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Posts Tagged ‘Studies’

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DRINK UP – THE HOLIDAYS ARE COMING

Thursday, November 18th, 2010

No, not the spiked eggnog – drink water prior to your meals. Several studies have now shown that drinking water before and during meals promotes weight loss when coupled with a low calorie diet.

 

Specifically, drinking water (two cups) before a meal has been shown to reduce calories consumed, hunger after the meal, and result in 4.5 extra pounds lost over a three month period of time. This effect also seemed to be greater in older individuals.

 

So, as you prepare for the upcoming holidays, keep water around and accessible so that you are sure to drink a bunch of it every day. And as always, please drive safely.

 

Cheers,
Larry

Source

FAT CELLS ARE MORE THAN JUST STORAGE DEPOTS FOR CALORIES

Friday, September 3rd, 2010

People once thought fat cells were inert storage depots for extra calories. However, we now know fat cells secrete certain hormones and other substances. For example, fat secretes:

 

Leptin: signals the brain about the amount of energy in the body, helps controls appetite

 

Adiponectin: Makes the body more sensitive to insulin and controls blood sugar levels.

 

New research identifies that fat secretes:
80 different proteins!
20 proteins not previously detected.

 

BOTTOM LINE:
Fat actively secretes substances into the blood, which influence other tissue. Findings could pave the way for a better understanding of the role that hormone-secreting fat cells play in heart disease, diabetes, cancer and other diseases.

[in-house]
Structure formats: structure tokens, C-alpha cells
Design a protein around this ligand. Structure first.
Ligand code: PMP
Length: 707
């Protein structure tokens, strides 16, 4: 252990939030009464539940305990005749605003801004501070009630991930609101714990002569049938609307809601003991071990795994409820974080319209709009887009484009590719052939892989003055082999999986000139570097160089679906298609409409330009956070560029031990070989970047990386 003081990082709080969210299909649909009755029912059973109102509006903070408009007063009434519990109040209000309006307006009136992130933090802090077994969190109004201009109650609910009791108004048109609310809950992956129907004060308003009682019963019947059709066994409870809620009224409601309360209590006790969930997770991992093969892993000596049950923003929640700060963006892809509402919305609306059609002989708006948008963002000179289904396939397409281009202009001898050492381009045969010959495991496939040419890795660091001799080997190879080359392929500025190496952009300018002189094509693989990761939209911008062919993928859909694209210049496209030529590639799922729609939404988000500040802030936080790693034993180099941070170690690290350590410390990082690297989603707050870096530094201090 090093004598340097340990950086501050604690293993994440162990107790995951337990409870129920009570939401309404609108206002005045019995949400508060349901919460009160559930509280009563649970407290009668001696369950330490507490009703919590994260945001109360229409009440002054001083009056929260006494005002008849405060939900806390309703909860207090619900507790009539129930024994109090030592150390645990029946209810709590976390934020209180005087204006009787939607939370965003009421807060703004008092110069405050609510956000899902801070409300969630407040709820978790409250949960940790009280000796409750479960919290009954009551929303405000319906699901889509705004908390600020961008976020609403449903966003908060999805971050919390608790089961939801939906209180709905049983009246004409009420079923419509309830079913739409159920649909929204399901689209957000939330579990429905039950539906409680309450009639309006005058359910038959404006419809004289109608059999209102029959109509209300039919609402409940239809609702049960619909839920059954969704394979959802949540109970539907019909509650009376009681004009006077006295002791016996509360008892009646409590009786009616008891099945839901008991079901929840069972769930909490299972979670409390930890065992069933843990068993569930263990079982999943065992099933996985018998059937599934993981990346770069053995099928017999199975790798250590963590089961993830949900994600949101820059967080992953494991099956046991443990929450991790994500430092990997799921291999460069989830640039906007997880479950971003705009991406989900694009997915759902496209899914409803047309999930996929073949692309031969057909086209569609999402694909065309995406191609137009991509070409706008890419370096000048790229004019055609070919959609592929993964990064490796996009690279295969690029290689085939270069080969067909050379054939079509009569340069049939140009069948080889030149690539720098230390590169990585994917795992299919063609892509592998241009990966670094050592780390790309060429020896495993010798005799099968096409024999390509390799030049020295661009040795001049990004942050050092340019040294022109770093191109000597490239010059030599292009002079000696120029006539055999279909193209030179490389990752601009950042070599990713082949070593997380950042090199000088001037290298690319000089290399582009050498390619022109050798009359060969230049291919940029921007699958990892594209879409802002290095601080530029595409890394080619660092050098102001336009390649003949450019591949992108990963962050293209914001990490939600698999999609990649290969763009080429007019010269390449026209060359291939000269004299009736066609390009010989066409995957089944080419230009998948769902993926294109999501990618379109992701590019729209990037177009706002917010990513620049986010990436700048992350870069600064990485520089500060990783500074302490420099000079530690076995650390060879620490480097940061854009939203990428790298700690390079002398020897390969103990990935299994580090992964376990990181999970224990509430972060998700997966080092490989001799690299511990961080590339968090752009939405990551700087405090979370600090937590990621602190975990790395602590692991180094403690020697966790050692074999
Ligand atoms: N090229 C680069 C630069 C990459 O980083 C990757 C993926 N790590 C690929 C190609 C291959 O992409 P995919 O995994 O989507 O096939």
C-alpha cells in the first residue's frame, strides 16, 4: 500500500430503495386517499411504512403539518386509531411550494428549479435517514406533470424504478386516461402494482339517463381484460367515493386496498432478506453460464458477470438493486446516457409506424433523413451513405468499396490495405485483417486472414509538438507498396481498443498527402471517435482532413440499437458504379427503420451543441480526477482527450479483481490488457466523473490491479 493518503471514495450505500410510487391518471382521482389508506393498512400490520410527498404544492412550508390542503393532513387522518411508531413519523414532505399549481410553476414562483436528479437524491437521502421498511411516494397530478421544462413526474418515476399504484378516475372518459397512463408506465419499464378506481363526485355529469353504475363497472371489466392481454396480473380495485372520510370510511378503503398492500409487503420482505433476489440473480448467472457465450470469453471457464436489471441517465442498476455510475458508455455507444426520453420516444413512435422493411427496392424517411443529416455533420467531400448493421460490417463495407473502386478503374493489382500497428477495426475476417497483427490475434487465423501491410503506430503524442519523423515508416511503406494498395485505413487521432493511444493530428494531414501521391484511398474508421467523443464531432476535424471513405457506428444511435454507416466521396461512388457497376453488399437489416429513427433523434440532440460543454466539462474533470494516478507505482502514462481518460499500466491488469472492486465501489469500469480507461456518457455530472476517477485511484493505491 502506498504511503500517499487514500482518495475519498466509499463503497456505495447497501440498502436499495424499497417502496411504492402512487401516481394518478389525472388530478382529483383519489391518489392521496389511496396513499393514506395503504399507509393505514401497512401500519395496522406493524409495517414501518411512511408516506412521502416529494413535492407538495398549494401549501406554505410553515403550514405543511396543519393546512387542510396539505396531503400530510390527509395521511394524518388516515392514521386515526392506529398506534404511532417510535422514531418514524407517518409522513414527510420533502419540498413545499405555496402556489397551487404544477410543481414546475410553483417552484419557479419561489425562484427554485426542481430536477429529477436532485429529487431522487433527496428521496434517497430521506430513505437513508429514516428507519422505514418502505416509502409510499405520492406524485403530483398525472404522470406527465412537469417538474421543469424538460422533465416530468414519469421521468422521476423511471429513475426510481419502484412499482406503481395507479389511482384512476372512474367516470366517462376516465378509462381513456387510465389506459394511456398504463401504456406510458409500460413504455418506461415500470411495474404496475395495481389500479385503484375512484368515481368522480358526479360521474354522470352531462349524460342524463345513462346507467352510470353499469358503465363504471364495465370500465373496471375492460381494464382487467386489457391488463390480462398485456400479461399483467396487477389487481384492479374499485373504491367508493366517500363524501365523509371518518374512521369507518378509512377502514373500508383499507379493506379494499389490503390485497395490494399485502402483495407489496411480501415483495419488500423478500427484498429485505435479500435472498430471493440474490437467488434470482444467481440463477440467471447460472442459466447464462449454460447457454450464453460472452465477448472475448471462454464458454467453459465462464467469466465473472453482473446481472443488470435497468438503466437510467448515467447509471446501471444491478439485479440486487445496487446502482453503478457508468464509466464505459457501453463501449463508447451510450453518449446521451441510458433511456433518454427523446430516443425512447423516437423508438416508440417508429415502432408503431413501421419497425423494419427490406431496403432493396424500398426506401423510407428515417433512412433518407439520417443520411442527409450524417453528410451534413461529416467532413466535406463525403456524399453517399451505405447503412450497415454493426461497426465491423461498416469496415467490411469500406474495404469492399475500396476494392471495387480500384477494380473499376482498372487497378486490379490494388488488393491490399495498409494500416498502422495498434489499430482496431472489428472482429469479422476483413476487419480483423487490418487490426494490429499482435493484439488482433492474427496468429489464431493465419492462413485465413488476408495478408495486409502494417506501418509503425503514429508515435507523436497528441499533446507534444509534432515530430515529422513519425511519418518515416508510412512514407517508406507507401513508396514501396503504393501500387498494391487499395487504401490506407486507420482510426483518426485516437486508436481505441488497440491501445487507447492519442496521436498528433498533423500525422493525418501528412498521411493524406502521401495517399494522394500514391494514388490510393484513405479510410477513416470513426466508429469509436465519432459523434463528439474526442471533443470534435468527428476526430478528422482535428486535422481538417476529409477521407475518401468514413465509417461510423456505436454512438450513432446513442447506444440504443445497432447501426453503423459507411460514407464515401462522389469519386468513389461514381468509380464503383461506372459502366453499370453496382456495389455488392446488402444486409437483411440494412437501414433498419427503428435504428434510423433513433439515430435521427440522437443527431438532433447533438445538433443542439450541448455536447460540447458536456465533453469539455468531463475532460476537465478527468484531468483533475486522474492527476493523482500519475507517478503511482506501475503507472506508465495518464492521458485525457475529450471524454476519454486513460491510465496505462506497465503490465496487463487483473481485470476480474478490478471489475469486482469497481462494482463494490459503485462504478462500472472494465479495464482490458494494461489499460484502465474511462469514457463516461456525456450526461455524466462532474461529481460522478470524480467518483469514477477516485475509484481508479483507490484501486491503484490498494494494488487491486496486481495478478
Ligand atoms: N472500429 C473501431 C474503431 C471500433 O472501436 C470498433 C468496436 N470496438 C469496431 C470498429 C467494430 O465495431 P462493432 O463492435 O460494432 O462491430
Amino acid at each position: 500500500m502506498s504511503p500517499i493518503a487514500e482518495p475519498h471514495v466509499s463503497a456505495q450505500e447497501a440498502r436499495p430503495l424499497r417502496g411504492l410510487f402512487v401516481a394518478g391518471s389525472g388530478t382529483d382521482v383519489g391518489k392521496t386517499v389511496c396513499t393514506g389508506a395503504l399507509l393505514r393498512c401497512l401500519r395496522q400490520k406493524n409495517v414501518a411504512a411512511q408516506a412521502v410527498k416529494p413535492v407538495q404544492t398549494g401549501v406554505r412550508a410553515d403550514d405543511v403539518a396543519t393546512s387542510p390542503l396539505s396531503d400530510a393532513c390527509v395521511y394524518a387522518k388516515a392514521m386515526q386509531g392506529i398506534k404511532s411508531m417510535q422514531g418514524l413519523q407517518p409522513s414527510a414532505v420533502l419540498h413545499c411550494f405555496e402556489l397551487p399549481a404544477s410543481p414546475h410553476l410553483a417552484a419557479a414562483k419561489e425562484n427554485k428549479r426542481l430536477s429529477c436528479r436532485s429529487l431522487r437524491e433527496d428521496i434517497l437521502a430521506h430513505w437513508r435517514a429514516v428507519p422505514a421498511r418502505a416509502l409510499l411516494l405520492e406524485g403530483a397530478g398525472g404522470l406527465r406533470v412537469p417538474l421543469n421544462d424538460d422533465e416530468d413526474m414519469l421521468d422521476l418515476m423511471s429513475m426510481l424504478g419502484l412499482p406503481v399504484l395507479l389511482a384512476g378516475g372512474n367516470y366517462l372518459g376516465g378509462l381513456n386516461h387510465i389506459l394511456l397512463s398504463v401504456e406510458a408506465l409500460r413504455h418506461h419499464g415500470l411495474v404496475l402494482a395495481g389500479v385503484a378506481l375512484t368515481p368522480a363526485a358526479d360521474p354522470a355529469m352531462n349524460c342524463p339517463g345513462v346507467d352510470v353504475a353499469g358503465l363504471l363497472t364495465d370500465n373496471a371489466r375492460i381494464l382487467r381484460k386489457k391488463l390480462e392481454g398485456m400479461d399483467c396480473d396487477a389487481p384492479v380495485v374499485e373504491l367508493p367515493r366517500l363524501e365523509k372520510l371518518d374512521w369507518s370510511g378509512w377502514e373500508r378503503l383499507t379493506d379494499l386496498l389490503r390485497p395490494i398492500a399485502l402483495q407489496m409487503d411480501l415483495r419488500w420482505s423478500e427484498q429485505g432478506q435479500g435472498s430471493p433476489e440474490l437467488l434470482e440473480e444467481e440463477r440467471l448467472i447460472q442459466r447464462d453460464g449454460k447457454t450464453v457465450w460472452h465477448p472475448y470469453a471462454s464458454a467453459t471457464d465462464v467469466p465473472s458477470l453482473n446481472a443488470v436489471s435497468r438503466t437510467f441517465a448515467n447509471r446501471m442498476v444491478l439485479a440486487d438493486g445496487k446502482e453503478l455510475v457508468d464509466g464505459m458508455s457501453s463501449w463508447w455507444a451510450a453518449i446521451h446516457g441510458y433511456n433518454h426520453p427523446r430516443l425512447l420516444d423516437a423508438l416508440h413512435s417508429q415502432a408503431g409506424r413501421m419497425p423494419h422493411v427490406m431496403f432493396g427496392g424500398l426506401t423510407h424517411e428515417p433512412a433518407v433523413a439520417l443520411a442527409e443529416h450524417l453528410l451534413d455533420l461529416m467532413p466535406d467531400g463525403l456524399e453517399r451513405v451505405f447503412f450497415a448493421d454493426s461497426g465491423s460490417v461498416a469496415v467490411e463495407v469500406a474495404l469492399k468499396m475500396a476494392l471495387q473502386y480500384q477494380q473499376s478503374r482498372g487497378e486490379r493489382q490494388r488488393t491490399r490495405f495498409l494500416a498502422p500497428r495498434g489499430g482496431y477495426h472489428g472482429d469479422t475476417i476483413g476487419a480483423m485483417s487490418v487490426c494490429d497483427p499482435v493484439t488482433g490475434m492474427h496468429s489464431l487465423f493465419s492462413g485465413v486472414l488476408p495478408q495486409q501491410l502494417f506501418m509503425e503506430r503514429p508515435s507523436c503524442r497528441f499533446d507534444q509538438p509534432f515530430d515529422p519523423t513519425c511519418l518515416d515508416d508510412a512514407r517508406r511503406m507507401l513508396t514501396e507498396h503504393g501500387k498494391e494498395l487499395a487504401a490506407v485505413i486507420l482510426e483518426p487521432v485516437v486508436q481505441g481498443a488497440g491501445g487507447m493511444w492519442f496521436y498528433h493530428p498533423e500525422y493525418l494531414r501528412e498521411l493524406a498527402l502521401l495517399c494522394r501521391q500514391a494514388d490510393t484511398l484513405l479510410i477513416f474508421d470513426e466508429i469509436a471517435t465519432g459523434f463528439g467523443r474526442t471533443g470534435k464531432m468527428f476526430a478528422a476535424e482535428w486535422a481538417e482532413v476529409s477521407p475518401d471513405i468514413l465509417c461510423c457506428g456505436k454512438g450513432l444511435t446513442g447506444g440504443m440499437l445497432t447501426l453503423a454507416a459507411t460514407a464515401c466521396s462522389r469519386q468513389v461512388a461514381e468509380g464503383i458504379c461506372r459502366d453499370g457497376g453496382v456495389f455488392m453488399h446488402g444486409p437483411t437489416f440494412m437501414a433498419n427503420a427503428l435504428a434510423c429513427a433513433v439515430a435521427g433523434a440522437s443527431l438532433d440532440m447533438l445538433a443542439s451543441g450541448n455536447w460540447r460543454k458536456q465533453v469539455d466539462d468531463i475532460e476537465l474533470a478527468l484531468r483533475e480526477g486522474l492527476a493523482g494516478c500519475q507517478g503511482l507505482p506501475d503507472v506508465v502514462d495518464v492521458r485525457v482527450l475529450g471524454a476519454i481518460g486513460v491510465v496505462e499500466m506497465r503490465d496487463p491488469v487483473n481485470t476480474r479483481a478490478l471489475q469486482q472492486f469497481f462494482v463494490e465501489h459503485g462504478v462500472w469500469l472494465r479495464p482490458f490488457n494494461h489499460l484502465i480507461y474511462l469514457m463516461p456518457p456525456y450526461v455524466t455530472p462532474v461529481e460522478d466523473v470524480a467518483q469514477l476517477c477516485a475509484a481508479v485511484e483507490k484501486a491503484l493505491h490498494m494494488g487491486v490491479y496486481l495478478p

CITATION

 


PHYSICAL ACTIVITY CAN REDUCE THE GENETIC PREDISPOSITION TO OBESITY BY 40%

Thursday, September 2nd, 2010

Everyone can benefit from exercise, but a new study shows that individuals with a genetic predisposition to obesity can benefit even more.

 

THE STUDY
- Study used a cohort of 20,430 people living in Norwich, UK

 

- Examined 12 different genetic variants which are known to increase the risk of obesity.

 

- Assessed individuals genetic susceptibility to obesity

 

- Assessed total physical activity of these individuals.

 

- Examine if a higher ‘genetic predisposition score’ was associated with a higher obesity risk

 

- Examined whether a physically activity lessens the genetic influence on obesity risk.

 

RESULTS

 

- Each additional obesity-susceptibility gene variant increased obesity risk by 1.1 fold

 

- However, physical active individuals had a 40% lower risk vs inactive people.

 

BOTTOM LINE

 

Genetic predisposition to obesity can be reduced by AN AVERAGE of 40% through increased physical activity.

 

CITATION
http://www.plosmedicine.org/article/info%3Adoi%2F10.1371%2Fjournal.pmed.1000332

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